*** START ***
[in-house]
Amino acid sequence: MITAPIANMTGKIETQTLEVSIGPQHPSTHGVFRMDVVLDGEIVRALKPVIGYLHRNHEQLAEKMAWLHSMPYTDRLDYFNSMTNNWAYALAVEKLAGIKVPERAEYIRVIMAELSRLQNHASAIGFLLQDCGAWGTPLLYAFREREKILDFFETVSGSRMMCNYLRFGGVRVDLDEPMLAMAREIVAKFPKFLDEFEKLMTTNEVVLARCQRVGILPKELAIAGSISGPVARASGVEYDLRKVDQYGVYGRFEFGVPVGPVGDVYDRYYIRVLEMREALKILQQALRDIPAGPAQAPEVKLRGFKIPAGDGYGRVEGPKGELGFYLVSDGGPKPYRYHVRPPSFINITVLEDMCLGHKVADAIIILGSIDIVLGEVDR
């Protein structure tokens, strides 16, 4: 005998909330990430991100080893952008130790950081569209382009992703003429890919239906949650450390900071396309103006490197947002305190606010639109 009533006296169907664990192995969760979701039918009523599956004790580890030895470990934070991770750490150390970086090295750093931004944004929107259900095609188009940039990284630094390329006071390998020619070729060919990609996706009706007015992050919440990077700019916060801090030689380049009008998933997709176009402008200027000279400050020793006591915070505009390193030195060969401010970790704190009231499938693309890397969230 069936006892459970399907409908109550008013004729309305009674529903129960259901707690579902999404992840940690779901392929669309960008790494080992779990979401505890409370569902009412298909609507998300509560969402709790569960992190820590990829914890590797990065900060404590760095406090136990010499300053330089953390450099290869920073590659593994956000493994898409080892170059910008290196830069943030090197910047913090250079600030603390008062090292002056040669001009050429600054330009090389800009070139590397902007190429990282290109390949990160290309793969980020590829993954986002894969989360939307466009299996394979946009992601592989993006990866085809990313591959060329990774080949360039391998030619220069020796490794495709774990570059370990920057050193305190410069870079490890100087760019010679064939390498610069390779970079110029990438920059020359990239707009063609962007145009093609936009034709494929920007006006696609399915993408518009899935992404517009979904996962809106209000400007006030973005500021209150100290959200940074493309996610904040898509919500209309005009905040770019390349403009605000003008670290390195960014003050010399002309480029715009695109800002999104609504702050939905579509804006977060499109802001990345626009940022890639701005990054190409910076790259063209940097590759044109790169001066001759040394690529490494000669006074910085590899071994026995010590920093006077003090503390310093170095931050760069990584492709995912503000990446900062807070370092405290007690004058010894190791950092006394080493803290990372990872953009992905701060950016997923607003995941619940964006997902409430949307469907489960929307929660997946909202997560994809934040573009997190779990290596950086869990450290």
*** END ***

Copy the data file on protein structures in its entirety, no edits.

[in-house]
Amino acid sequence: MITAPIANMTGKIETQTLEVSIGPQHPSTHGVFRMDVVLDGEIVRALKPVIGYLHRNHEQLAEKMAWLHSMPYTDRLDYFNSMTNNWAYALAVEKLAGIKVPERAEYIRVIMAELSRLQNHASAIGFLLQDCGAWGTPLLYAFREREKILDFFETVSGSRMMCNYLRFGGVRVDLDEPMLAMAREIVAKFPKFLDEFEKLMTTNEVVLARCQRVGILPKELAIAGSISGPVARASGVEYDLRKVDQYGVYGRFEFGVPVGPVGDVYDRYYIRVLEMREALKILQQALRDIPAGPAQAPEVKLRGFKIPAGDGYGRVEGPKGELGFYLVSDGGPKPYRYHVRPPSFINITVLEDMCLGHKVADAIIILGSIDIVLGEVDR
């Protein structure tokens, strides 16, 4: 005998909330990430991100080893952008130790950081569209382009992703003429890919239906949650450390900071396309103006490197947002305190606010639109 009533006296169907664990192995969760979701039918009523599956004790580890030895470990934070991770750490150390970086090295750093931004944004929107259900095609188009940039990284630094390329006071390998020619070729060919990609996706009706007015992050919440990077700019916060801090030689380049009008998933997709176009402008200027000279400050020793006591915070505009390193030195060969401010970790704190009231499938693309890397969230 069936006892459970399907409908109550008013004729309305009674529903129960259901707690579902999404992840940690779901392929669309960008790494080992779990979401505890409370569902009412298909609507998300509560969402709790569960992190820590990829914890590797990065900060404590760095406090136990010499300053330089953390450099290869920073590659593994956000493994898409080892170059910008290196830069943030090197910047913090250079600030603390008062090292002056040669001009050429600054330009090389800009070139590397902007190429990282290109390949990160290309793969980020590829993954986002894969989360939307466009299996394979946009992601592989993006990866085809990313591959060329990774080949360039391998030619220069020796490794495709774990570059370990920057050193305190410069870079490890100087760019010679064939390498610069390779970079110029990438920059020359990239707009063609962007145009093609936009034709494929920007006006696609399915993408518009899935992404517009979904996962809106209000400007006030973005500021209150100290959200940074493309996610904040898509919500209309005009905040770019390349403009605000003008670290390195960014003050010399002309480029715009695109800002999104609504702050939905579509804006977060499109802001990345626009940022890639701005990054190409910076790259063209940097590759044109790169001066001759040394690529490494000669006074910085590899071994026995010590920093006077003090503390310093170095931050760069990584492709995912503000990446900062807070370092405290007690004058010894190791950092006394080493803290990372990872953009992905701060950016997923607003995941619940964006997902409430949307469907489960929307929660997946909202997560994809934040573009997190779990290596950086869990450290």